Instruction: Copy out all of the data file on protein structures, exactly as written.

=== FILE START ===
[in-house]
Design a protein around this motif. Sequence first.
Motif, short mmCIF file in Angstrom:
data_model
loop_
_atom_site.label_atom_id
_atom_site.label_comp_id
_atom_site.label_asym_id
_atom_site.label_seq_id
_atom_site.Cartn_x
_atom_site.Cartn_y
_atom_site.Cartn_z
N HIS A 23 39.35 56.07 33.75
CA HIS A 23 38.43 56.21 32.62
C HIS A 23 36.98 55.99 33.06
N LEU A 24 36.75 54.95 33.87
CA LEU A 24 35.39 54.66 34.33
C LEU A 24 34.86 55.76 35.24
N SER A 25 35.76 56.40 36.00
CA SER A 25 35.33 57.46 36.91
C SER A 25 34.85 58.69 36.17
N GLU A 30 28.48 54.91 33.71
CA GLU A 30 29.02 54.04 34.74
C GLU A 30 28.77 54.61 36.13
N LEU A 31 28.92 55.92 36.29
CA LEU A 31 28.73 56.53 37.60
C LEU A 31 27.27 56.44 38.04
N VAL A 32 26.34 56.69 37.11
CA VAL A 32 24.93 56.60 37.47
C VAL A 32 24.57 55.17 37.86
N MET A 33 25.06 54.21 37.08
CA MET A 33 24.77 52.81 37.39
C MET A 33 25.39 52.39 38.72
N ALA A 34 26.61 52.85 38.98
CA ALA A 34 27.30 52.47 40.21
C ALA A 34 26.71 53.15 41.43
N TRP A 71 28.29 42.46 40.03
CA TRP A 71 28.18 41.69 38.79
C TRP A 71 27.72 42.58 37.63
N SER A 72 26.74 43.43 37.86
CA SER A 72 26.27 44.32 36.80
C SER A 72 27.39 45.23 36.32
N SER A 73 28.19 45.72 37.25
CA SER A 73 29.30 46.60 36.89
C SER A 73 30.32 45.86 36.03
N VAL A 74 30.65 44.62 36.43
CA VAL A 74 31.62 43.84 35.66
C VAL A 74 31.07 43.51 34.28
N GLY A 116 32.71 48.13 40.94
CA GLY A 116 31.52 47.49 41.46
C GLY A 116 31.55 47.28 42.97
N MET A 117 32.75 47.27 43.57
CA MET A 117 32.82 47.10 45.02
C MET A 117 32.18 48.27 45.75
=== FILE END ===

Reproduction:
[in-house]
Design a protein around this motif. Sequence first.
Motif, short mmCIF file in Angstrom:
data_model
loop_
_atom_site.label_atom_id
_atom_site.label_comp_id
_atom_site.label_asym_id
_atom_site.label_seq_id
_atom_site.Cartn_x
_atom_site.Cartn_y
_atom_site.Cartn_z
N HIS A 23 39.35 56.07 33.75
CA HIS A 23 38.43 56.21 32.62
C HIS A 23 36.98 55.99 33.06
N LEU A 24 36.75 54.95 33.87
CA LEU A 24 35.39 54.66 34.33
C LEU A 24 34.86 55.76 35.24
N SER A 25 35.76 56.40 36.00
CA SER A 25 35.33 57.46 36.91
C SER A 25 34.85 58.69 36.17
N GLU A 30 28.48 54.91 33.71
CA GLU A 30 29.02 54.04 34.74
C GLU A 30 28.77 54.61 36.13
N LEU A 31 28.92 55.92 36.29
CA LEU A 31 28.73 56.53 37.60
C LEU A 31 27.27 56.44 38.04
N VAL A 32 26.34 56.69 37.11
CA VAL A 32 24.93 56.60 37.47
C VAL A 32 24.57 55.17 37.86
N MET A 33 25.06 54.21 37.08
CA MET A 33 24.77 52.81 37.39
C MET A 33 25.39 52.39 38.72
N ALA A 34 26.61 52.85 38.98
CA ALA A 34 27.30 52.47 40.21
C ALA A 34 26.71 53.15 41.43
N TRP A 71 28.29 42.46 40.03
CA TRP A 71 28.18 41.69 38.79
C TRP A 71 27.72 42.58 37.63
N SER A 72 26.74 43.43 37.86
CA SER A 72 26.27 44.32 36.80
C SER A 72 27.39 45.23 36.32
N SER A 73 28.19 45.72 37.25
CA SER A 73 29.30 46.60 36.89
C SER A 73 30.32 45.86 36.03
N VAL A 74 30.65 44.62 36.43
CA VAL A 74 31.62 43.84 35.66
C VAL A 74 31.07 43.51 34.28
N GLY A 116 32.71 48.13 40.94
CA GLY A 116 31.52 47.49 41.46
C GLY A 116 31.55 47.28 42.97
N MET A 117 32.75 47.27 43.57
CA MET A 117 32.82 47.10 45.02
C MET A 117 32.18 48.27 45.75